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Fractionation of Corn Fiber Treated by Soaking in Aqueous Ammonia (SAA) for Isolation of Hemicellulose B and Production of C5 Sugars by Enzyme Hydrolysis

Nghiem, Nhuan P., Montanti, Justin, Johnston, David B., Drapcho, Caye
Applied biochemistry and biotechnology 2011 v.164 no.8 pp. 1390-1404
ammonia, arabinose, cellulose, coproducts, corn, enzymatic hydrolysis, ethanol, fermentation, ferulic acid, fractionation, hemicellulose, hydrolysis, polygalacturonase, soaking, solubilization, wet milling, xylan, xylanases, xylose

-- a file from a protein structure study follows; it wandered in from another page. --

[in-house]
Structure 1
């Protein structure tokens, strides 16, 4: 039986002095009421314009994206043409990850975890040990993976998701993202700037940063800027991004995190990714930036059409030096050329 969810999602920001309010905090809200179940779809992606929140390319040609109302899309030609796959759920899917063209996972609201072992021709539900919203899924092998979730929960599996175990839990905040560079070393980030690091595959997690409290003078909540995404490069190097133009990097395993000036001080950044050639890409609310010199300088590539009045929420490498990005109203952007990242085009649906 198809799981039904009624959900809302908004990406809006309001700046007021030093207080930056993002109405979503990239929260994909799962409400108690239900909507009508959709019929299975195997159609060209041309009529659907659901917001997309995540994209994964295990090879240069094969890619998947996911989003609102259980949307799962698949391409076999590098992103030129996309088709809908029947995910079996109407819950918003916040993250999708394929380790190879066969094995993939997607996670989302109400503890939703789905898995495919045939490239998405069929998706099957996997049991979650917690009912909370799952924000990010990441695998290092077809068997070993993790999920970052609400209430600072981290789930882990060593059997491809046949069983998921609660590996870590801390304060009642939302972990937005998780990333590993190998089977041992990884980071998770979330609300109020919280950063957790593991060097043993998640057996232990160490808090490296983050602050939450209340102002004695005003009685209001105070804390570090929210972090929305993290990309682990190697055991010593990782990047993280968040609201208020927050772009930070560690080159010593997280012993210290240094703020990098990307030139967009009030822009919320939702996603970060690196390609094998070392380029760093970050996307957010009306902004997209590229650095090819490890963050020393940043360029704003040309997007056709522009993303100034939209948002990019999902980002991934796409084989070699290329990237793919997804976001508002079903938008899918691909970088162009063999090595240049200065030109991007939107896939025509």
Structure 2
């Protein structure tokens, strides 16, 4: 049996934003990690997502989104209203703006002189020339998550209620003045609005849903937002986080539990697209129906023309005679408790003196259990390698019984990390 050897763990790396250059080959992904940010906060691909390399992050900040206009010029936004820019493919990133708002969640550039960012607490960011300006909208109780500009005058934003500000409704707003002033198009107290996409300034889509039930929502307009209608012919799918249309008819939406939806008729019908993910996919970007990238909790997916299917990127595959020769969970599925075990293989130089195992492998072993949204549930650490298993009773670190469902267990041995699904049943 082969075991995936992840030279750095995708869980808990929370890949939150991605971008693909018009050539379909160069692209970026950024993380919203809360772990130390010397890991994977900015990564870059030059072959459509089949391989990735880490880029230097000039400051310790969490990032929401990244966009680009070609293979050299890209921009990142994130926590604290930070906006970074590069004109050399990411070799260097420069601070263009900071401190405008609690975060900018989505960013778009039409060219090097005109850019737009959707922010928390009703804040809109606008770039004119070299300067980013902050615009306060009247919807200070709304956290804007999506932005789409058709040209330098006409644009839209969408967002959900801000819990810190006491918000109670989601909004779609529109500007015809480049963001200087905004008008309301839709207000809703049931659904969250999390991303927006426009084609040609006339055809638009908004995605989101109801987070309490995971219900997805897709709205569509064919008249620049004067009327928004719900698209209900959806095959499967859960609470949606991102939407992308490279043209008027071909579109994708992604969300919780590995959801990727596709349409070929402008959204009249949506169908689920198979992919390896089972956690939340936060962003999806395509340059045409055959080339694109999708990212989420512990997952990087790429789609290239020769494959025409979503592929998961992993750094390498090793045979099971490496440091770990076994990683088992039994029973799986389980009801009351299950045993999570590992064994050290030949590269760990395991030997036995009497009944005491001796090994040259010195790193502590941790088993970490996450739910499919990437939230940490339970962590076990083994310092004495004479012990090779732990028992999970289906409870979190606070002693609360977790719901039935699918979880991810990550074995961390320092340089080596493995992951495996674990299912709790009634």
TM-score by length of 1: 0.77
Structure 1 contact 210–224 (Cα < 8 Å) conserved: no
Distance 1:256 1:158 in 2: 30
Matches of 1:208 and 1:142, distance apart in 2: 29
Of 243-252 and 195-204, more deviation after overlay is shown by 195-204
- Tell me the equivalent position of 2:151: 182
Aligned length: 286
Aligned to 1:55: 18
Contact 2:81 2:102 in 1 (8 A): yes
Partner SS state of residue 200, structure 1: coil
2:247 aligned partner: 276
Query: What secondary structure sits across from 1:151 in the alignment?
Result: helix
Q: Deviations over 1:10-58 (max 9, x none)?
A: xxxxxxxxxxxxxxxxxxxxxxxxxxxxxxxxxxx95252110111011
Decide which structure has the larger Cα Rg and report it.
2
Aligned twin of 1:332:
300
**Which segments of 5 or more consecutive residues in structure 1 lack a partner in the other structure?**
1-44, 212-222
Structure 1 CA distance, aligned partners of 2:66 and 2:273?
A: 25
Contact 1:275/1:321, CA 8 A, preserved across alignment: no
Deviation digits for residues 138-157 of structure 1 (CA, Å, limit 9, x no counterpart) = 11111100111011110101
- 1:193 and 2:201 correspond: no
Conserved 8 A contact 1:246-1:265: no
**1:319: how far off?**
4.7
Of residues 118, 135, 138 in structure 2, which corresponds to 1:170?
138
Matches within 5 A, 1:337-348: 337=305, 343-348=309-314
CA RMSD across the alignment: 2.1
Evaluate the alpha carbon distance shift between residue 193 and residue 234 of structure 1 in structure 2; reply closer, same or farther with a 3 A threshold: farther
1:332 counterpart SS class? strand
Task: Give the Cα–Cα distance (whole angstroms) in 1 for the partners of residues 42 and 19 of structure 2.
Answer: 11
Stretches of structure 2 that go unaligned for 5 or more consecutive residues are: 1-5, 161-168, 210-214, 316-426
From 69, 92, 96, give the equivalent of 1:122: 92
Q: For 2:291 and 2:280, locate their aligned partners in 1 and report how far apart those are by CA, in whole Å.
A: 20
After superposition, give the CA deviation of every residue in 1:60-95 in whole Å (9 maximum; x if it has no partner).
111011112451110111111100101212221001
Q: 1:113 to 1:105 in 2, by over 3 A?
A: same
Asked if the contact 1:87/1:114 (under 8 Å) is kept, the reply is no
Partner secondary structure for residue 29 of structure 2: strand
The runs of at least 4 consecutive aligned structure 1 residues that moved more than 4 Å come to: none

A process was developed to fractionate and isolate the hemicellulose B component of corn fiber generated by corn wet milling. The process consisted of pretreatment by soaking in aqueous ammonia followed by enzymatic cellulose hydrolysis, during which the hemicellulose B was solubilized by cleavage into xylo-oligosaccharides and subsequently recovered by precipitation with ethanol. The pretreatment step resulted in high retention of major sugars and improvement of subsequent enzymatic hydrolysis. The recovered hemicellulose B was hydrolyzed by a cocktail of enzymes that consisted of β-glucosidase, pectinase, xylanase, and ferulic acid esterase (FAE). Xylanase alone was ineffective, demonstrating yields of less than 2% of xylose and arabinose. The greatest xylose and arabinose yields, 44% and 53%, respectively, were obtained by the combination of pectinase and FAE. A mass balance accounted for 87% of the initially present glucan, 91% of the xylan, and 90% of the arabinan. The developed process offered a means for production of corn fiber gum as a value-added co-product and C5 sugars, which could be converted to other valuable co-products through fermentation in a corn wet-milling biorefinery.